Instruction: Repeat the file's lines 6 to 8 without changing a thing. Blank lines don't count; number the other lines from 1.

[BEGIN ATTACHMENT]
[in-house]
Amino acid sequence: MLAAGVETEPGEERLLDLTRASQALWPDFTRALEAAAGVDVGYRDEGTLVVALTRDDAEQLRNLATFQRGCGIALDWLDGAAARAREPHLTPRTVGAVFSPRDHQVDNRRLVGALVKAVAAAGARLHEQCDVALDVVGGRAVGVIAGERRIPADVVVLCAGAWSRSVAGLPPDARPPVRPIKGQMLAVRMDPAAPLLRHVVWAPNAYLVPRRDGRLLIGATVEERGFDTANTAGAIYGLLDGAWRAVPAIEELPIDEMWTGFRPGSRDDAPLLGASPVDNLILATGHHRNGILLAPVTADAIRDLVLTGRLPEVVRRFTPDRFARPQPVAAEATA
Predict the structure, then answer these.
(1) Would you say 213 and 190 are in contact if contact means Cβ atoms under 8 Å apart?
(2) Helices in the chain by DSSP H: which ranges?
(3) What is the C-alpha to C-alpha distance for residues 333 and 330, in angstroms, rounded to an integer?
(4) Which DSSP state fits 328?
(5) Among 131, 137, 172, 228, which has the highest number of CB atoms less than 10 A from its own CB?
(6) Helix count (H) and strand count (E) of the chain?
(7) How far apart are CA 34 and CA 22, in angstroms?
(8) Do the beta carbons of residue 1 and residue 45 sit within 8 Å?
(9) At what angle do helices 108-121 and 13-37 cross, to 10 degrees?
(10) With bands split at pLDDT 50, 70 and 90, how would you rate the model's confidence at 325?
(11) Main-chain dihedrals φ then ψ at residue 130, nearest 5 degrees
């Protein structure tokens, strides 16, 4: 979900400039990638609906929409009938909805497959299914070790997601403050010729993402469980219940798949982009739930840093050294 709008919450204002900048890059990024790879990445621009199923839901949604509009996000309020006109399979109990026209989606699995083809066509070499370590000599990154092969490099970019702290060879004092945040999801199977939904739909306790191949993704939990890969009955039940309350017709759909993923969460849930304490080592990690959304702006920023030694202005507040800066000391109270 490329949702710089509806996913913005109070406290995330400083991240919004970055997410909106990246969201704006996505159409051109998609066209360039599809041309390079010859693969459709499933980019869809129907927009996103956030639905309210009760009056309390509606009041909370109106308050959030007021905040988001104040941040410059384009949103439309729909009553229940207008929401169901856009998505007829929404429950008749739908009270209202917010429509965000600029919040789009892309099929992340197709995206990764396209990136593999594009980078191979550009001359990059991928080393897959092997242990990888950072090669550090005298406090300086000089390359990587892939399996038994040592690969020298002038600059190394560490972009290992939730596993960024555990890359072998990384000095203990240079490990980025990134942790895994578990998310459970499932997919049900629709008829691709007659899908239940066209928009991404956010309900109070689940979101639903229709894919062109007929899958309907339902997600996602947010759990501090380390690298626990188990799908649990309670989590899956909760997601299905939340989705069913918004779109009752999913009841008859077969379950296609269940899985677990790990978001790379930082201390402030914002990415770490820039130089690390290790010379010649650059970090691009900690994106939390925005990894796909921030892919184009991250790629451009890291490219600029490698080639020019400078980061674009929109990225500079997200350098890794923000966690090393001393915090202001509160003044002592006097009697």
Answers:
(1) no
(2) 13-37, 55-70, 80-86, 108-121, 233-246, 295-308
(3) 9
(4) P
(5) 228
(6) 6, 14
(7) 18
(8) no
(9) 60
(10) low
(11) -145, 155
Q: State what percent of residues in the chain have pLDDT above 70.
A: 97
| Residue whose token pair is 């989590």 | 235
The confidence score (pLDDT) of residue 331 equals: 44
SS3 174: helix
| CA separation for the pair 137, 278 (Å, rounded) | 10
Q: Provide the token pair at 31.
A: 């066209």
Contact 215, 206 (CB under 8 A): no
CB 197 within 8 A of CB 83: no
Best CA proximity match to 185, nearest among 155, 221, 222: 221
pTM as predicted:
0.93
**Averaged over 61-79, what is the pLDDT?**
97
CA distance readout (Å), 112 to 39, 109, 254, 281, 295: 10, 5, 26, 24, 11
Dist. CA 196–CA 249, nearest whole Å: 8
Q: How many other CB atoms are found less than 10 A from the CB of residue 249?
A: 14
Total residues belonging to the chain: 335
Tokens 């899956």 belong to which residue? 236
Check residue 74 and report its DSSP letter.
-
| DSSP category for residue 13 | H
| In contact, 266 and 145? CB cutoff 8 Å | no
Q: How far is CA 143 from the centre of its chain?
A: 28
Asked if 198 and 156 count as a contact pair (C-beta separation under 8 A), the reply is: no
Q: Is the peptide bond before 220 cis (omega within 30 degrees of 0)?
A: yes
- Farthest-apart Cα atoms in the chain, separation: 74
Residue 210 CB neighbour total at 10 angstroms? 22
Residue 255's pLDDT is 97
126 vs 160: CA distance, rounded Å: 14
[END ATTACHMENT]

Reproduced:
(3) What is the C-alpha to C-alpha distance for residues 333 and 330, in angstroms, rounded to an integer?
(4) Which DSSP state fits 328?
(5) Among 131, 137, 172, 228, which has the highest number of CB atoms less than 10 A from its own CB?